It may have been a long time coming but ESPN has launched their African-American sports and culture blog, The Undefeated. It has been in the works for three years.
There is a major difference between appropriating and appreciating a culture. I love watching anime and reading manga, I appreciate the story lines and the artistic styles. Though I do not participate, many fans attend anime conventions fully costumed which is acceptable because it is apart of the event. Outside of this space, costume wearing could be offensive because eastern culture is ingrained in anime. Therefore the line between appropriating and appreciating is very thin. Culture is not a trend nor is it a commodity to be exploited or used out of context. So, if the line is that thin, take it as a sign and DO NOT DO IT. So, let the rant begin:
Cultural Appropriation is not new. Exploitation of marginalized culture has existed for a long time in the USA. For example, indigenous traditions have turned into fashion, logos for professional/college sports teams, and in movies without the indigenous population present or approving. Black culture has been appropriated many times over for American entertainment and all people around the world. Minstrel shows is a great example of a perpetuated and stereotyped culture which included the degradation a group of people in the process. Another example is Rock and Roll. White executives hired black artist to train white artist how to dance and sing so they would be more appealing to the masses. These black artist were never given credit and did not make a dime. So instead of thinking that Rock and Roll is from the black community, it has and still is associated with white America. So instead of Elvis Presley, we should be saying Little Richard or Chuck Berry as the foundation and growth of the genre.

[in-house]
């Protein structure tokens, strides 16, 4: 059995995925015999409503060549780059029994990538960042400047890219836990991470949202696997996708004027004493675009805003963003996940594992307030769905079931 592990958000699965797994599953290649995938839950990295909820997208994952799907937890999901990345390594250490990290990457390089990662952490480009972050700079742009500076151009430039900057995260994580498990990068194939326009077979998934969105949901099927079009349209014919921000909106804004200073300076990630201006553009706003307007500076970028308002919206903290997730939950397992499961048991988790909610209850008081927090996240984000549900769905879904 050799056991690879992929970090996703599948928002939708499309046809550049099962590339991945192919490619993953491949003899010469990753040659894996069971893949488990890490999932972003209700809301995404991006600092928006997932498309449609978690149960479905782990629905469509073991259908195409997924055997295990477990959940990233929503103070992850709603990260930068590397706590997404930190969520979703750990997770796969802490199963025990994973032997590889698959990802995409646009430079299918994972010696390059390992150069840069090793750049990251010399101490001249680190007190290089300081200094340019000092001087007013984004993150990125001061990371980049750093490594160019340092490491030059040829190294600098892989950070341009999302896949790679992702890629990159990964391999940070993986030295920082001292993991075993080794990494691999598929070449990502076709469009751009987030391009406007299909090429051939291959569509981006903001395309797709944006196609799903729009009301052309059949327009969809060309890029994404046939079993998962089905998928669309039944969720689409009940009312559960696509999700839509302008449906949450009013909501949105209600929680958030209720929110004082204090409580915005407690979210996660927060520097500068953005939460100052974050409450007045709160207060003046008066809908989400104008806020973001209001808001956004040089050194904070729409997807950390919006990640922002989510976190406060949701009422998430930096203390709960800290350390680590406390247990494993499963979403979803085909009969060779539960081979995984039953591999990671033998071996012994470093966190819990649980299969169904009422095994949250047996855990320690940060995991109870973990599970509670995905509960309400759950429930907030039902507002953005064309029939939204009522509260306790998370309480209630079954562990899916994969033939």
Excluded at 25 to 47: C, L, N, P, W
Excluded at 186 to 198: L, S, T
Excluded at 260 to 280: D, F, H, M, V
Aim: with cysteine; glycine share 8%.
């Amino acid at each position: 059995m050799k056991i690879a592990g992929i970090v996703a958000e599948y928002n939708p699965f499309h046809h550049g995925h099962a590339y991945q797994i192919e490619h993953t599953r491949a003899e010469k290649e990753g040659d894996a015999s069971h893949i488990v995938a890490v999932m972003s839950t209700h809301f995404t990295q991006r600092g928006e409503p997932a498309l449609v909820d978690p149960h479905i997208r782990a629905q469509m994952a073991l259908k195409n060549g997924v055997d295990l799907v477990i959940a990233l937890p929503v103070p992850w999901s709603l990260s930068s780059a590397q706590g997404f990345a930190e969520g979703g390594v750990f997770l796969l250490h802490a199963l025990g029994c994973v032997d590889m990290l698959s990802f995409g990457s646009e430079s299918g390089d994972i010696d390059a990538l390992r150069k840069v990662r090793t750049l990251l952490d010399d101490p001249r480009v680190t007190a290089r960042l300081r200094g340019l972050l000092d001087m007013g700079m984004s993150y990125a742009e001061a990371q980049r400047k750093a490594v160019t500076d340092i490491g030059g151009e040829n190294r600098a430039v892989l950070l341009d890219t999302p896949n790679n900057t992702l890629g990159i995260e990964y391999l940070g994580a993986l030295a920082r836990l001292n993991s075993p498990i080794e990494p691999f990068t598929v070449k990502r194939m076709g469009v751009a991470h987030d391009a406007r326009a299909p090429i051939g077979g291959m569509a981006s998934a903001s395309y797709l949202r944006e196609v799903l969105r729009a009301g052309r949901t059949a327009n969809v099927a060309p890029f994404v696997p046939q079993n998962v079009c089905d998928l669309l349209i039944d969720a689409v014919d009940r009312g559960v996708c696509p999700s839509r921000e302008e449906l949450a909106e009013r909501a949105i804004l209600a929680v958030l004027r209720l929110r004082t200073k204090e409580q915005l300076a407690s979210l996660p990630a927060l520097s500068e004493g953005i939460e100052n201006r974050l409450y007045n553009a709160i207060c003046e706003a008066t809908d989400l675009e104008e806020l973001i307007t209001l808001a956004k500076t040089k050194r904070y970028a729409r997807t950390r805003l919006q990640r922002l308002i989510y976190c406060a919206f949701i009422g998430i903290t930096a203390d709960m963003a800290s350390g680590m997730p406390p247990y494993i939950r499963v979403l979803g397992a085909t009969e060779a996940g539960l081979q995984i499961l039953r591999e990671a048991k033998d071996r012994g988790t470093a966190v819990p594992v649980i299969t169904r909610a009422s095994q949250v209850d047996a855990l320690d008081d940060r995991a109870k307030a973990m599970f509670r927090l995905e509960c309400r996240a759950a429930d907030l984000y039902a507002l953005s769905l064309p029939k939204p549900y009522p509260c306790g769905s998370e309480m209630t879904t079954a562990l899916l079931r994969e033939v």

The worst type of appropriation is when a culture is vilified but gets accepted because there is financial gain or is accepted because the dominant group decides to “participate”. It is one thing to be familiar and understand a culture, but its another when members of a dominant group exploits the culture of oppressed people. The dominant groups rarely understand the traditions and experience of the culture that are exploiting. For example, Katy Perry dressing up as Geisha and saying she was paying homage or a group of Russian women teaching a twerking class with no respect to African people, or everyone creating and wearing mask during the Day of the Dead Holiday but do not truly understand the Mexican ritual. Miley Cyrus (do I even have to explain this one?). The dominant group gets credit for being creative and innovators while the minoritized groups get criticized for their culture as if it wasn’t stolen and modified.
Museums and private collectors make money off our ancestors and claim to own it. How can you own artifacts that belong to another country, city, or a people? How can you own a mummified corpse? They open caskets and have our ancestors on display. How would you like it if someone dug up your ancestor and broken the sacred ritual? What if George Washington’s corpse was on display?